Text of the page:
In case you missed the memo, 2018 is the year of cannabis. That’s right, it’s now legal for recreational use in nine states, plus Washington D.C., and is medically-legal in more states than it’s not. #bouttime
When it comes to cannabis and cancer, most people are aware that it can relieve nausea that usually accompanies chemotherapy. What a lot of people don’t know, however, is that cannabis might be a powerful agent in actually treating certain types of cancer, like prostate cancer, which is the second leading cause of cancer death in those who have the gland. (We say “might be a powerful agent” because, well, when it comes to cannabis, there hasn’t yet been enough human research to conclude anything with certainty, but there is a LOT of positive anecdotal research and while that’s not really the same as controlled research studies, it’s not irrelevant either.) As research into the medicinal properties of cannabis continues to emerge, it’s possible that approaches to treating cancer, including prostate cancer, will evolve to include this magically healing plant.
HOW’S IT WORK?
For starters, cannabis is a plant (duh). And as a plant, it’s got a whole bunch of beneficial phytochemicals, some of which belong to a class of compounds called cannabinoids. The most known of these is tetrahydrocannabinol or THC, which is psychoactive. The other well-known one is cannabidiol or CBD, which is non-psychoactive. And while these two are the most abundant within the plant—and therefore the most researched thus far—they’re just two of the 113 cannabinoids in cannabis. (OMG that’s so many!!!)
What’s really cool is that within each of us, there’s a biologic system called the Endocannabinoid System (ECS), a physiologic network of receptors and compounds that helps the body maintain homeostasis throughout the body, regulating processes like pain, stress, appetite, etc. And guess what? This discovery (made relatively recently by an Israeli researcher in 1992) also means that each of us actually produce our very own cannabinoids, collectively called endocannabinoids. This was—and is—a crucial component of understanding how and why cannabis can be used therapeutically.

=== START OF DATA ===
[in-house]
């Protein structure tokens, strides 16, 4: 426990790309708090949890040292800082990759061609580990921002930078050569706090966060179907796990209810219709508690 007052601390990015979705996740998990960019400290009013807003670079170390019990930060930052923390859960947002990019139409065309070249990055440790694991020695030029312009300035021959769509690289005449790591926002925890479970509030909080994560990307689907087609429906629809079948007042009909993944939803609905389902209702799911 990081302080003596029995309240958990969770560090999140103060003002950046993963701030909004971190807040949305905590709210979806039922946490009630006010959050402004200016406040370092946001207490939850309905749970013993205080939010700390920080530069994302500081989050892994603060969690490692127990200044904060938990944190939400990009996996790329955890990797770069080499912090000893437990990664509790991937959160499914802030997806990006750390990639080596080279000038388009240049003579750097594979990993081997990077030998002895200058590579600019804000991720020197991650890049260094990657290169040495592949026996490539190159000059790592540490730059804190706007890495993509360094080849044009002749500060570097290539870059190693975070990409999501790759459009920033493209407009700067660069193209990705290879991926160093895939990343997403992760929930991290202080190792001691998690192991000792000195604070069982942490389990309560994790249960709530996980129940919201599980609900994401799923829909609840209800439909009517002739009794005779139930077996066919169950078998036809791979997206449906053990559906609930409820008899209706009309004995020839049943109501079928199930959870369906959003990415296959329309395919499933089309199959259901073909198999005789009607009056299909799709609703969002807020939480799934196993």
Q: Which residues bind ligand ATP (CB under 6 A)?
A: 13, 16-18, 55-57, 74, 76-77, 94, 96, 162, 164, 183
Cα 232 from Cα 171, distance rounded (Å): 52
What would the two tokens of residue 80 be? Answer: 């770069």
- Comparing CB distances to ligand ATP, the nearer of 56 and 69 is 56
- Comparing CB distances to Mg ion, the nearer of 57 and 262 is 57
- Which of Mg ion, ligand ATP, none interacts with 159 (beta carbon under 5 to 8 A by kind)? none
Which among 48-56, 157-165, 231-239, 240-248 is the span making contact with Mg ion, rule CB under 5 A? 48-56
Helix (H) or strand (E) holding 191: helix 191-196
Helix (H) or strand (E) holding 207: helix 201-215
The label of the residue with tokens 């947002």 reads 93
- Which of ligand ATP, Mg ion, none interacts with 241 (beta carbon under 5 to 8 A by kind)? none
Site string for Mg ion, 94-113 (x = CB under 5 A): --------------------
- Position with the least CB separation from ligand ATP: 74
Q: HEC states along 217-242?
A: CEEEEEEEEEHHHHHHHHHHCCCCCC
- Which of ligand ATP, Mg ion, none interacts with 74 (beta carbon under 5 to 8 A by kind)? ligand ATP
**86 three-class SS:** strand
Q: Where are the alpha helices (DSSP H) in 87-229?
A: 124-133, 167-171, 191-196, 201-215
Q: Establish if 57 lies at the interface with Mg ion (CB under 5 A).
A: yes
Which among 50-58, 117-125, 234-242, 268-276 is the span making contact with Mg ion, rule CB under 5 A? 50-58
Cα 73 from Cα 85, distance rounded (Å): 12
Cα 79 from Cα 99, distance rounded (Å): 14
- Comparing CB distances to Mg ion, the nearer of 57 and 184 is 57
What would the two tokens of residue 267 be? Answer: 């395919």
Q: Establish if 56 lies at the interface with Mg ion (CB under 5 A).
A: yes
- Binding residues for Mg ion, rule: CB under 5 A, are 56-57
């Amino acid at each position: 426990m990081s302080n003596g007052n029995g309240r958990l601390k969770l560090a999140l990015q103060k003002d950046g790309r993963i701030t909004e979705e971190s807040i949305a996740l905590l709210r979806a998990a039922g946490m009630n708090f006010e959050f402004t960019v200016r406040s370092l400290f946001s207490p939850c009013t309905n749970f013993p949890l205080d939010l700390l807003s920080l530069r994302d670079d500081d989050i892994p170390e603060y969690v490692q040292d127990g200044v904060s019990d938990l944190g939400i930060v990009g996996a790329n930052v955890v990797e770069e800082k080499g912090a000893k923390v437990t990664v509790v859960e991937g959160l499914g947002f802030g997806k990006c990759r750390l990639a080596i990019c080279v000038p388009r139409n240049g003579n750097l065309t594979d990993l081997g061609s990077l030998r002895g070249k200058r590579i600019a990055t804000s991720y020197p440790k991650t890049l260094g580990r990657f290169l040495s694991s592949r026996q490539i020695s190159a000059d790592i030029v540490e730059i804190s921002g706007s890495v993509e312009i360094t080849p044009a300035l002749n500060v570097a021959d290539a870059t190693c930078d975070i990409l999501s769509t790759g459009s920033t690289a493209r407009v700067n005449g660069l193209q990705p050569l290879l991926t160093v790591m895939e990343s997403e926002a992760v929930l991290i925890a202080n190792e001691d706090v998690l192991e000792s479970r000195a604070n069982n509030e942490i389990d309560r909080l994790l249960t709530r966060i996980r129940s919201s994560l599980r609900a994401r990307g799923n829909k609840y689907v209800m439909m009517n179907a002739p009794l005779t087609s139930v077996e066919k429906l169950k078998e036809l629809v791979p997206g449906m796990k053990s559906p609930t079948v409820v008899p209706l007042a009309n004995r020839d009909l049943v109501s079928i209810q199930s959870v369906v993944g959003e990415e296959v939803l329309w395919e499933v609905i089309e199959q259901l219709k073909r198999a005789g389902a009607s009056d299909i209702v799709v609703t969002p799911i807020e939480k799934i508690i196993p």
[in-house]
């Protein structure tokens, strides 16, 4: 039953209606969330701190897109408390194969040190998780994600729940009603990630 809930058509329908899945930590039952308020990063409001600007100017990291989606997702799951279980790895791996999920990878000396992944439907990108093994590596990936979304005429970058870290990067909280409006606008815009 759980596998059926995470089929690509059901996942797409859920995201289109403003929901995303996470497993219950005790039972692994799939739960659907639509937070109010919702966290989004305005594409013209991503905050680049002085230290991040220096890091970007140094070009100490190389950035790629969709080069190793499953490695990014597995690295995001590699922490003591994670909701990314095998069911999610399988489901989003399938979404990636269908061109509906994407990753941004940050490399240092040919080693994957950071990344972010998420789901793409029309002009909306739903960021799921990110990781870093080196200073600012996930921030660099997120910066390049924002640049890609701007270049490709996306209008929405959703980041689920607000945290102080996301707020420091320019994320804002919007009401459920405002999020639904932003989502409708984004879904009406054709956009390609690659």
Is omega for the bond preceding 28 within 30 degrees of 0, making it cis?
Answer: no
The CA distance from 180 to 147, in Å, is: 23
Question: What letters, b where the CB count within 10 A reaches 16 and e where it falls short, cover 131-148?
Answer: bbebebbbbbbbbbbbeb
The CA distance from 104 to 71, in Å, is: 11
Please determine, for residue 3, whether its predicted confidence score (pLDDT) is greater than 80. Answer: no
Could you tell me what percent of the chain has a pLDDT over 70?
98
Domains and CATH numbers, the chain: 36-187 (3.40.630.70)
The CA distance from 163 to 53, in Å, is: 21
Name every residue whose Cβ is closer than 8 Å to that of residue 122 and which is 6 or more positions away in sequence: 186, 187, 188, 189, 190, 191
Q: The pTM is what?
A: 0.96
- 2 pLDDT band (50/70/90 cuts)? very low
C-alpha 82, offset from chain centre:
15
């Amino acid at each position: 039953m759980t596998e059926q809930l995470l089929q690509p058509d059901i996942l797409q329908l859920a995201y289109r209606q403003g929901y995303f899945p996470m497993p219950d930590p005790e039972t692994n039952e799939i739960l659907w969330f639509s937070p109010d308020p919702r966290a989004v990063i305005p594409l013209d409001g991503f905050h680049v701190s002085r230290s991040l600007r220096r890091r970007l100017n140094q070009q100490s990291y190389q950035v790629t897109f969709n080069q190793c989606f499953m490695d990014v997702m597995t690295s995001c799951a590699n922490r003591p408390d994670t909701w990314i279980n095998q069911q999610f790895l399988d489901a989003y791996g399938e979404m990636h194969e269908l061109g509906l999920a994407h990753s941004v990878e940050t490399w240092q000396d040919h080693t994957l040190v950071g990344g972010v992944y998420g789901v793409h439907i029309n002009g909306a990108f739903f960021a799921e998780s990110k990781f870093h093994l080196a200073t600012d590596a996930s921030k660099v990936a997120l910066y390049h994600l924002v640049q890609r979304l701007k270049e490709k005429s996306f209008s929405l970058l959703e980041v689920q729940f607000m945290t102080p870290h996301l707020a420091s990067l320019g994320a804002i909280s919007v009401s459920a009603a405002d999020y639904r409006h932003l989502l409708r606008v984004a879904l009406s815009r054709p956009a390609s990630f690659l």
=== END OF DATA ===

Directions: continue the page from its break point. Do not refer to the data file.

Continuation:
How so? Well, have you ever wondered, or even been suspicious of the fact that cannabis has been heralded as a potential therapy for everything from cancer to diabetes and fibromyalgia to Multiple Sclerosis? There’s growing research that suggests that this wide range of ailments might actually be the result of a systemic endocannabinoid deficiency and therefore, by using cannabis, the individual is supplementing these necessary compounds from an exogenous source, thereby correcting an endogenous deficiency that could be causing their problems. Pretty cool, right?
IS THERE ANY RESEARCH AT CURRENT?
While there haven’t yet been any large scale human studies examining the effect of cannabis on cancer, a 2012 review(1) concluded that there’s enough preliminary evidence to warrant large-scale clinical studies regarding cannabis as a treatment for metastatic prostate cancer.
The authors of that 2012 review incorporated research from 2005(2), which showed prostate cancer cells to have an increased amount of cannabinoid receptors. And since you now know a little bit about the ECS, that means that cannabis could provide these receptors with the missing cannabinoids; it would provide the keys to the lock since the body evidently hasn’t been able to make enough of its own for whatever reason.
Additionally, cannabis might also be helpful for prostate cancer in its relationship to hormones. Most prostate cancer is fueled by the hormone testosterone; in fact, without this hormone, prostate cancer cells can’t grow. As such, one common treatment is androgen-deprivation therapy (ADT), a type of hormone therapy to stop testosterone from being released. Well, guess what? There’s research(3) showing that cannabis has anti-androgenic properties, making it a hot topic in cannabis research. There’s also some evidence(4) out there that cannabidiol (CBD), the most abundant non-psychoactive cannabinoid found in cannabis, might inhibit cancer tumor growth by causing cell death and blocking cell growth. #soundsgoodtous
There’s still a lot to learn about how cannabis can help treat prostate cancer, but from what we know right now, it looks pretty promising.
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(1,3) Ramos, Juana, and Fernando j Bianco. “The Role of Cannabinoids in Prostate Cancer: Basic Science Perspective and Potential Clinical Applications.” Indian Journal of Urology, vol. 28, no. 1, Jan. 2012, p. 9., doi:10.4103/0970-1591.94942.
(2) Sarfaraz, Sami, et al. “Cannabinoid Receptor as a Novel Target for the Treatment of Prostate Cancer.” Cancer Research, vol. 65, no. 5, 1 Mar. 2005, pp. 1635–1641., doi:10.1158/0008-5472.can-04-3410.
(4) National Institutes of Health. “Cannabis and Cannabinoids.” National Cancer Institute, 17 Jan. 2019, www.cancer.gov/about-cancer/treatment/cam/patient/cannabis-pdq/#link/_13.